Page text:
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Lesson 1 - Introduction

Hello there and welcome to the first lesson.

Please print or download the Class Notes provided below. I post the powerpoint lectures used in the videos as PDF's either 1 slide per page (which is great if you use an electronic device), 2 or 3 slides per page (great if you print them). Also, I suggest you print out the Preview Questions.

Then, please watch the following Lecture Videos, answer the preview questions, and email them to me ( Do this before class! You get points towards your final grade for the email.

During class, I will ask you about the questions and we will this way integrate the material. Please come prepared with questions that came up while you watch the videos.

This way, you will learn the material deeper and faster.

Class Notes:

Lesson 1 - Introduction: Full page handout
Lesson 1 - Introduction: 2 slides per page (still good to see slides; space for notes in the margins)
Lesson 1 - Introduction: 3 slides per page handout (save paper; lines for taking notes)

Lecture Videos:

Preview Questions:
(printable version)

  1. If Anatomy is the study of naming body parts and describing them, what does physiology study?
  2. The way something is shaped, determines what it can do. A heart is the body’s pump, because it is made of muscle around chambers filled with blood that when squeezed push that blood into attached pipes. Think of an example in the ‘real’ world that explains how structure dictates function.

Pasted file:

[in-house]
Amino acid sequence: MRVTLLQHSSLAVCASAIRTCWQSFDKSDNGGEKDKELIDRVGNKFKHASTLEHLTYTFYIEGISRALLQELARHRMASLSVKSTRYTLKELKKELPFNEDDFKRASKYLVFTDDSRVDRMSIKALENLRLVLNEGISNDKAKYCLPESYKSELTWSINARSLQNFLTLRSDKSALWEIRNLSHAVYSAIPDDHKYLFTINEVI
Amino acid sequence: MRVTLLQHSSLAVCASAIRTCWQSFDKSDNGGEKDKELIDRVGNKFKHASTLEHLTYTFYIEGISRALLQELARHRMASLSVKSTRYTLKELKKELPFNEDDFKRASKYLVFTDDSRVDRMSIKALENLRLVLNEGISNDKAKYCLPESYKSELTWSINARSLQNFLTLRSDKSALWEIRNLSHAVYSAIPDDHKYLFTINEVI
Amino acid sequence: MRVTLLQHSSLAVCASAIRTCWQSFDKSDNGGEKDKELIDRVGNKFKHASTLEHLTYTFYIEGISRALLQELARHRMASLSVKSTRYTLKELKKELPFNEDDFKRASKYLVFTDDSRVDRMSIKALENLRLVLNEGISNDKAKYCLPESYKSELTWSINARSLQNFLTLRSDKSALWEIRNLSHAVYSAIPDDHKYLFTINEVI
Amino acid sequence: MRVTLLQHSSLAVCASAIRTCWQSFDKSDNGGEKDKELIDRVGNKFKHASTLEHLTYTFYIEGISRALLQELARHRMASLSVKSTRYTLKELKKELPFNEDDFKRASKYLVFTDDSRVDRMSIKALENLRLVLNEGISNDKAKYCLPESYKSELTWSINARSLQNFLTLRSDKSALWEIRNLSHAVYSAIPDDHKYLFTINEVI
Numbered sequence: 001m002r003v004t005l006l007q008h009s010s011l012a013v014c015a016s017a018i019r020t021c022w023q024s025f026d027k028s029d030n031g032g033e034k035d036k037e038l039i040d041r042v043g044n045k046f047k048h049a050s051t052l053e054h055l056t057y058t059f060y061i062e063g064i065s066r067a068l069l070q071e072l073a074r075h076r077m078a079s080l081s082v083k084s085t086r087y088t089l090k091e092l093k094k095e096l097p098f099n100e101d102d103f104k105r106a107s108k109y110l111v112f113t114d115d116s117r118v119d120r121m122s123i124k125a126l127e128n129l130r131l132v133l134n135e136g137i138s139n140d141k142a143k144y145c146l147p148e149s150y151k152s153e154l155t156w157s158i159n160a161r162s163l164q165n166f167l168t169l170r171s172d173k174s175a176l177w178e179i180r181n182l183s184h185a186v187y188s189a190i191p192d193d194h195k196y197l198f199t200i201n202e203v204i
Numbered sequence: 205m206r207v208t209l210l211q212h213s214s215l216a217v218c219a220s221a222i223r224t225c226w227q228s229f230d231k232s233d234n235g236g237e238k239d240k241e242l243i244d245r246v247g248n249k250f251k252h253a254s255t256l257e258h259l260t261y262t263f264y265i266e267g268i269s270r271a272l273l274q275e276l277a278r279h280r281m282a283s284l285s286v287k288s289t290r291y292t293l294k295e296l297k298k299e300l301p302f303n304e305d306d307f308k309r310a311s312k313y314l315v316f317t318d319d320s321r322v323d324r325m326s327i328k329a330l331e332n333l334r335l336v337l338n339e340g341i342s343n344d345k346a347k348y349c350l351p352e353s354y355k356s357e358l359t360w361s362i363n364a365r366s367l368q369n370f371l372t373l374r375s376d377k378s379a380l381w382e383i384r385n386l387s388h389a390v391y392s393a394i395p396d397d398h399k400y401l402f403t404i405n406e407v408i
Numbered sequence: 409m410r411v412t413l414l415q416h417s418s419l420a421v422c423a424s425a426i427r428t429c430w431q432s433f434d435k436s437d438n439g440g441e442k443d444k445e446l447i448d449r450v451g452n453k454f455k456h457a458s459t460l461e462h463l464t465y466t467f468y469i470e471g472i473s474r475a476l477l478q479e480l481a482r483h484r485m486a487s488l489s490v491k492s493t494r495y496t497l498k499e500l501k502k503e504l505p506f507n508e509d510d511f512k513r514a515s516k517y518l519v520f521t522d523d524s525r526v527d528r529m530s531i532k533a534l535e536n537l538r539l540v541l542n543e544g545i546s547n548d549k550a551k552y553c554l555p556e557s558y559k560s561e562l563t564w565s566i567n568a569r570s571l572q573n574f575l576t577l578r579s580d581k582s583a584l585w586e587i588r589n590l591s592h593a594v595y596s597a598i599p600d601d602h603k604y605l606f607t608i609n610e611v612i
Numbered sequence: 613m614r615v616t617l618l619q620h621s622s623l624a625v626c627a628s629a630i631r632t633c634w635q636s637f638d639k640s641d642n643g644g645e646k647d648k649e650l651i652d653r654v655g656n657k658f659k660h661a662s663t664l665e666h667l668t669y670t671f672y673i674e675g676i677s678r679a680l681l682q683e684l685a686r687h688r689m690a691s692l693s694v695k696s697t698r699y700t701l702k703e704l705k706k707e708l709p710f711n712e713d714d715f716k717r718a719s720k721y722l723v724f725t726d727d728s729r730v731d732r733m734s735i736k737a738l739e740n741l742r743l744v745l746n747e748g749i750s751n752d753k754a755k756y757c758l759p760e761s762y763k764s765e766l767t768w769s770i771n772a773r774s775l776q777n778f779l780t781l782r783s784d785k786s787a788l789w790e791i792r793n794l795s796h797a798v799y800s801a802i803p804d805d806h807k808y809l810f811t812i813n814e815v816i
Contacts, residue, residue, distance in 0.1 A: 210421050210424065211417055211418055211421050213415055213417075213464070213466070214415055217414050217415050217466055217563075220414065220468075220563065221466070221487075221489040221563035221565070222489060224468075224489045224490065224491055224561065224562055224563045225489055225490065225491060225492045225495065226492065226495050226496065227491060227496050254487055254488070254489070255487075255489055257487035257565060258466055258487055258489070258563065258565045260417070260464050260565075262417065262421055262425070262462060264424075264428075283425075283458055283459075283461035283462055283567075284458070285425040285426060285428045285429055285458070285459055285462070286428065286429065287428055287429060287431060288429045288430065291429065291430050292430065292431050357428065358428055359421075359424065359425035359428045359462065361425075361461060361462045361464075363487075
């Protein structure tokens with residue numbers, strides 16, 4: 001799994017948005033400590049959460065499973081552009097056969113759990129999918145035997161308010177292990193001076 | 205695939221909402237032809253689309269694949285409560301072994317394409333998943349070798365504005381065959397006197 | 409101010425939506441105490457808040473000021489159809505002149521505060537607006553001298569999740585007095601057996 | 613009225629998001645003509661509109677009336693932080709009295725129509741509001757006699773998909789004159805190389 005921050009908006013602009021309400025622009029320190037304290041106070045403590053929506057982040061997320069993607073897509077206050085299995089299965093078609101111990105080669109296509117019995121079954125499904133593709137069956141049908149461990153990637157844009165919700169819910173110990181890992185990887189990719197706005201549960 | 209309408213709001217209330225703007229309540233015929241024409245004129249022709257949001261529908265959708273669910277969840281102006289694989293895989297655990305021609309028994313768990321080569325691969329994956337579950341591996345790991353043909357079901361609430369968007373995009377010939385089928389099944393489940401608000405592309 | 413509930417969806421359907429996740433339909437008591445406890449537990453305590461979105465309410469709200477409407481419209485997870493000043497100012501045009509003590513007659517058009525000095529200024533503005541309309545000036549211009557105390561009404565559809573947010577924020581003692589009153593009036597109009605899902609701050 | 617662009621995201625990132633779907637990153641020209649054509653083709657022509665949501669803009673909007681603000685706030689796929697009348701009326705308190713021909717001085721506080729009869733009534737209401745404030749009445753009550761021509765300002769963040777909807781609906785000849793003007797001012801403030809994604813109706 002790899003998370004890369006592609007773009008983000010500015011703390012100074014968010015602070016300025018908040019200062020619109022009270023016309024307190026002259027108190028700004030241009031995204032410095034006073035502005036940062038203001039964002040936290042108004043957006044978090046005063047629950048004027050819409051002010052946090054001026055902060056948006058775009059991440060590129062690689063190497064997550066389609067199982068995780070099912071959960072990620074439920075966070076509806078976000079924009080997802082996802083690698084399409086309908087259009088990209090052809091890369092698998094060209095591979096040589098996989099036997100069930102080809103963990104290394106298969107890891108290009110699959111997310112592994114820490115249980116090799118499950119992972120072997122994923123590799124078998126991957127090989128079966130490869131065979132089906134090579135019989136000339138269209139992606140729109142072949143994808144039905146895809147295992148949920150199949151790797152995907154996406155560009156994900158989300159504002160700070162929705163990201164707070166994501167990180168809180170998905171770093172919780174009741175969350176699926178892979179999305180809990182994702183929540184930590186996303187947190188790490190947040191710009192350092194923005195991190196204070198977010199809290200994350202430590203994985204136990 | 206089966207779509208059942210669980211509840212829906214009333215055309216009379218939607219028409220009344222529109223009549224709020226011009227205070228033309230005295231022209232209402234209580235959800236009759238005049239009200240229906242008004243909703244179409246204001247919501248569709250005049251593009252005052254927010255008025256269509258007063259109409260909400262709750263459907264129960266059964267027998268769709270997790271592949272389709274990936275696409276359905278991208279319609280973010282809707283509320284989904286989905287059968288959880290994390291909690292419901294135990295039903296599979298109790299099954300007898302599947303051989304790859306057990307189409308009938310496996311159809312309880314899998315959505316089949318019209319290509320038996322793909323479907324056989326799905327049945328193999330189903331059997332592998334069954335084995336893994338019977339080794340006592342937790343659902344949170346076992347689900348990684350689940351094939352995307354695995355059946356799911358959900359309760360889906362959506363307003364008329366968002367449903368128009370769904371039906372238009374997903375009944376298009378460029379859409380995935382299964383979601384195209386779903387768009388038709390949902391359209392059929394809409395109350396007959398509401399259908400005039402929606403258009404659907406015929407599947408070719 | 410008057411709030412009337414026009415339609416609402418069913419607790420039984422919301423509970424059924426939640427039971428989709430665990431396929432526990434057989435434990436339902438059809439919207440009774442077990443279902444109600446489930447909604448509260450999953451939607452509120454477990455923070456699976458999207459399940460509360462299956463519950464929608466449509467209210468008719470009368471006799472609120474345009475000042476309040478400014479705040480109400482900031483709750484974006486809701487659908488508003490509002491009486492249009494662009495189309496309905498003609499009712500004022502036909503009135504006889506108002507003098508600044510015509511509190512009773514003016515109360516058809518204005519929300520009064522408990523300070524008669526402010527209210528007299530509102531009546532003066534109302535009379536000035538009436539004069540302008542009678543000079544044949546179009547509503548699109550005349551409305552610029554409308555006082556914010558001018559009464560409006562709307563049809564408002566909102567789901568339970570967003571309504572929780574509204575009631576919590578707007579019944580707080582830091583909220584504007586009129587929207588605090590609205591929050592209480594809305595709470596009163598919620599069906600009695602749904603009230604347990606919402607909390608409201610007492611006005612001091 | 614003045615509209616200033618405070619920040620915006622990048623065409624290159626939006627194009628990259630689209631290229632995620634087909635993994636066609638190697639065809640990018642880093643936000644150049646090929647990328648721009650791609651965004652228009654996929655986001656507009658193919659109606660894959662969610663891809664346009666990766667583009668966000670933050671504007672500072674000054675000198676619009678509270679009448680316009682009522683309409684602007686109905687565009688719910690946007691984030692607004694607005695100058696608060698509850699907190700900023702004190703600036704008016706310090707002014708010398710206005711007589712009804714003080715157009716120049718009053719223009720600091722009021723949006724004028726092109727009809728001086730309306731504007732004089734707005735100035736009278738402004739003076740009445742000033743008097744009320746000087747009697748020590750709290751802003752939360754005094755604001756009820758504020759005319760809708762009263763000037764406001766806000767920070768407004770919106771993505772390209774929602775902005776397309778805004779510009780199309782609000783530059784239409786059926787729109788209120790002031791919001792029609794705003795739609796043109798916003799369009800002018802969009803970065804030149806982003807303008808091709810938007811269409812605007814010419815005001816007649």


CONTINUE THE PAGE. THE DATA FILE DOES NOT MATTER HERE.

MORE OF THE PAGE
3. When we look at a person, we see an entire organism. To understand this entirety, we break it down into smaller parts…all the way to the chemical level of atoms. Can you list all the levels?
  4. Vitamin D (VD) is made when sunlight (UV rays) hits and interacts with the skin. VD keeps us healthy in many ways. If we don’t get enough sunlight, our body can’t make enough VD. Many of us are deficient. How else does the integumentary system support us?
  5. Bone is hard and solid, like concrete. Bones hold us up against gravity. Muscle attach to them and when they contract, they move. This hard material also protects softer tissue; like the brain by the skull or the lungs by the ribs. How else does the skeletal system support us?
  6. Muscles contract pulling the end-points closer. Give examples how the body makes use of that function.
  7. Nerves are like wires that physically connect every part of your body with the brain. The brain coordinates body functions via electrical signals. Does the brain send signals fast or slow?
  8. Glands secrete chemicals (hormones) that coordinate body functions via the blood stream. Do you think that process is slow or fast?
  9. Blood is a great medium to carry chemicals through pipes (blood vessels) and deliver them all over the body. What organ pumps the blood around?
  10. The cardiovascular system is not fully efficient in keeping all the liquid in its pipes (the vessels). The lymphatic system picks up fluid and returns it back to the blood near the heart. How else does this system help us?
  11. Our body needs molecules in the form of gases from the environment to survive. Oxygen is needed in the body to make energy (ATP it’s called in us). Where in the lung does the gas exchange occur?
  12. Food is how we nurture our bodies with particles that give us energy and keep us functioning healthily. Breaking big junks of food down into small enough pieces that the body can absorb requires that we chew and churn the food physically as well as squirt a bunch of chemicals onto it helping to digest further. Physically chewing your food well is where you consciously affect this process. Next time you eat savory food such as a cheese or meat sandwich, chew a bite for 30 times. How does this compare to normal?
  13. The kidneys filter your blood and make pee. How does that keep us healthy?
  14. What is the reproductive systems main purpose?